``Everybody is happy to have another week to get ready for trial,'' William Lerach, the investors' lead lawyer, said in an interview today.

Enron was the world's largest energy-trading company, with a market value of as much as $68 billion, before it collapsed in December 2001. The bankruptcy, the second-largest in U.S. history after WorldCom Inc., wiped out more than 5,000 jobs and at least $1 billion in retirement funds.

Enron's investors accused the Houston-based company's banks of helping former Chairman Kenneth Lay and ex-Chief Executive Officer Jeffrey Skilling manipulate company finances by disguising debt as loans, financing sham energy trades and using off-the-books partnerships to hide losses and inflate revenue.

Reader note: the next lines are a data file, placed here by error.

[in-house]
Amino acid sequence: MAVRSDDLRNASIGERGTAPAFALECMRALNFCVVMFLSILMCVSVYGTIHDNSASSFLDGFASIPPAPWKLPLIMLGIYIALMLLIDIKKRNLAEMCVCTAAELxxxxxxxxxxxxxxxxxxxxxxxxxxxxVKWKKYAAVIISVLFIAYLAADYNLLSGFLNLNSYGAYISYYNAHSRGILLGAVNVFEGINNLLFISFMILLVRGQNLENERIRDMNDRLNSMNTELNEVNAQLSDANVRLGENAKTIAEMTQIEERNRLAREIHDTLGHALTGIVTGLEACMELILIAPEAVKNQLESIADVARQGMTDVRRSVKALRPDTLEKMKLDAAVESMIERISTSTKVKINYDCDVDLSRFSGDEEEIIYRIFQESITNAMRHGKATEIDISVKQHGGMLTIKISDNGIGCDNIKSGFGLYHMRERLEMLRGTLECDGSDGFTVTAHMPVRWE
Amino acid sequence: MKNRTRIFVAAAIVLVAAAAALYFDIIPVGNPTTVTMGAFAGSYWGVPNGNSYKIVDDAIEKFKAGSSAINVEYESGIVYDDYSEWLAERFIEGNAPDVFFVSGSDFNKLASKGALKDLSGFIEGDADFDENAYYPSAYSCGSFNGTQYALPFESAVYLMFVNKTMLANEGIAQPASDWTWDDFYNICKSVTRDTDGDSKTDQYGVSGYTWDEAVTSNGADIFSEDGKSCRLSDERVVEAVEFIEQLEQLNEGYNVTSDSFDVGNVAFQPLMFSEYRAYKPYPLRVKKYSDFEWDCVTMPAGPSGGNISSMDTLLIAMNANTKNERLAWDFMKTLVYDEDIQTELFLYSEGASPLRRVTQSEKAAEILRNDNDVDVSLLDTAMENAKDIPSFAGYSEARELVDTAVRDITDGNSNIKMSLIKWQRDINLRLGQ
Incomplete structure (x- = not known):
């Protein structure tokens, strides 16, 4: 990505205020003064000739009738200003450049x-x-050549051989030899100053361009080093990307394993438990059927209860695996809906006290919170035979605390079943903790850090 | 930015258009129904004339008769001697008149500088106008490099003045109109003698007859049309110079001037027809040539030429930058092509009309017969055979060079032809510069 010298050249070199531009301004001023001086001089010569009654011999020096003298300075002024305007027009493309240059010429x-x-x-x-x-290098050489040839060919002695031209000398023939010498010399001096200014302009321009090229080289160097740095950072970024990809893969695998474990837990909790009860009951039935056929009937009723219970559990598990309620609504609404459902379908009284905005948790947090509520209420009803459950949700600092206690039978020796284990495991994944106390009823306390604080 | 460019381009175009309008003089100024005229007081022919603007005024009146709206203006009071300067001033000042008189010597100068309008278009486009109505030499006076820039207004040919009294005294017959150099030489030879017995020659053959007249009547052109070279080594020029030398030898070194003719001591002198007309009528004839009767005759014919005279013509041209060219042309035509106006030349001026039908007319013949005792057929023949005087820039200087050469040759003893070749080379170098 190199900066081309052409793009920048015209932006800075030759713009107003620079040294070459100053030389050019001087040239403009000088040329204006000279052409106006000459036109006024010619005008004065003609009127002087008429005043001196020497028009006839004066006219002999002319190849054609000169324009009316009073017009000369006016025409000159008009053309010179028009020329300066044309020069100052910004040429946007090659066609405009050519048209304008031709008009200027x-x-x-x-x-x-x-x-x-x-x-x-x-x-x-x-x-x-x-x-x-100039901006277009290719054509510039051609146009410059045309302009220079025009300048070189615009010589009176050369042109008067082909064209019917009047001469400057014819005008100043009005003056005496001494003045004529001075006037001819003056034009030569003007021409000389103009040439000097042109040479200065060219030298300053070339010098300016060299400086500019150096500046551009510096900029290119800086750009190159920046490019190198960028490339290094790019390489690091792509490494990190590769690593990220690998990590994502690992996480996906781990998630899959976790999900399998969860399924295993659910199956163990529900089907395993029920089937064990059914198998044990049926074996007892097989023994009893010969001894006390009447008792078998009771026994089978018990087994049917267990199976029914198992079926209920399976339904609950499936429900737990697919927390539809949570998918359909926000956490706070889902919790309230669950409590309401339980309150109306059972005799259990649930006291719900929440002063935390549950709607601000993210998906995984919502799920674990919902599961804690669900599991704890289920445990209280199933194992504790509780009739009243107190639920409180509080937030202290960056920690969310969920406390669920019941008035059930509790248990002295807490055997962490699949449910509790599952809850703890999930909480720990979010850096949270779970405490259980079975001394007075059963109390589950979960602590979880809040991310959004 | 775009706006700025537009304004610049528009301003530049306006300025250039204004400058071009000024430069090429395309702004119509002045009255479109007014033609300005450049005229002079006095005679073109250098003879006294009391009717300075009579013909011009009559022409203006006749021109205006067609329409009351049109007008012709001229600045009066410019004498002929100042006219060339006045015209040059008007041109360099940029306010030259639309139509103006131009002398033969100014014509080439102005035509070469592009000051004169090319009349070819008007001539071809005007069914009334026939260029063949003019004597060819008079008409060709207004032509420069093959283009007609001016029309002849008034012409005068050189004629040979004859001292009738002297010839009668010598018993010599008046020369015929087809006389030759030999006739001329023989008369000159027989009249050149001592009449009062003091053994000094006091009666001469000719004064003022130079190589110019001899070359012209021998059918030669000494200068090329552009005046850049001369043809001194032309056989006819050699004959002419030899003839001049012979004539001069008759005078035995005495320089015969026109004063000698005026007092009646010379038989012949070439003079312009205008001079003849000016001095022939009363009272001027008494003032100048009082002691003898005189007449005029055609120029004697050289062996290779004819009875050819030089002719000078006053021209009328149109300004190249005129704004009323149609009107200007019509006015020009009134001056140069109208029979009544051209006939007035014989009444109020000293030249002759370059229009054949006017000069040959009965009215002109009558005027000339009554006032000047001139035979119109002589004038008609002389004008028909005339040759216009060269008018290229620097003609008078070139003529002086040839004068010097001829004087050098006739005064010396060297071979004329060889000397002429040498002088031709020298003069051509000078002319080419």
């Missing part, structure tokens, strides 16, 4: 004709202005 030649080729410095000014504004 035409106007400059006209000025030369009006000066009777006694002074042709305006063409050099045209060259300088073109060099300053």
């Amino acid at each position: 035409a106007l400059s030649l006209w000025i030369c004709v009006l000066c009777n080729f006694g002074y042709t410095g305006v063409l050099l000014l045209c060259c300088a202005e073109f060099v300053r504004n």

New York-based Merrill, Zurich-based Credit Suisse and London-based Barclays have denied the allegations. On Feb. 5, Merrill and Credit Suisse told a U.S. appeals court in New Orleans that shareholders shouldn't be able to press their suit as a group because they can't prove that the firms directly participated in the accounting fraud at Enron.

Mark Herr, a Merrill spokesman, said he had no comment on Harmon's decision to delay the trial. Penn Pendleton, a spokesman for Credit Suisse, and David Braff, a New York-based lawyer for Barclays, weren't immediately available for comment.

2006 Compensation of Bank CEOs

Bloomberg, Sean B. Pasternak, 23 February 2007

Toronto-Dominion Bank, Canada's second-largest bank by assets, increased the pay of Chief Executive Officer Edmund Clark 3 percent last year after profit more than doubled to a record.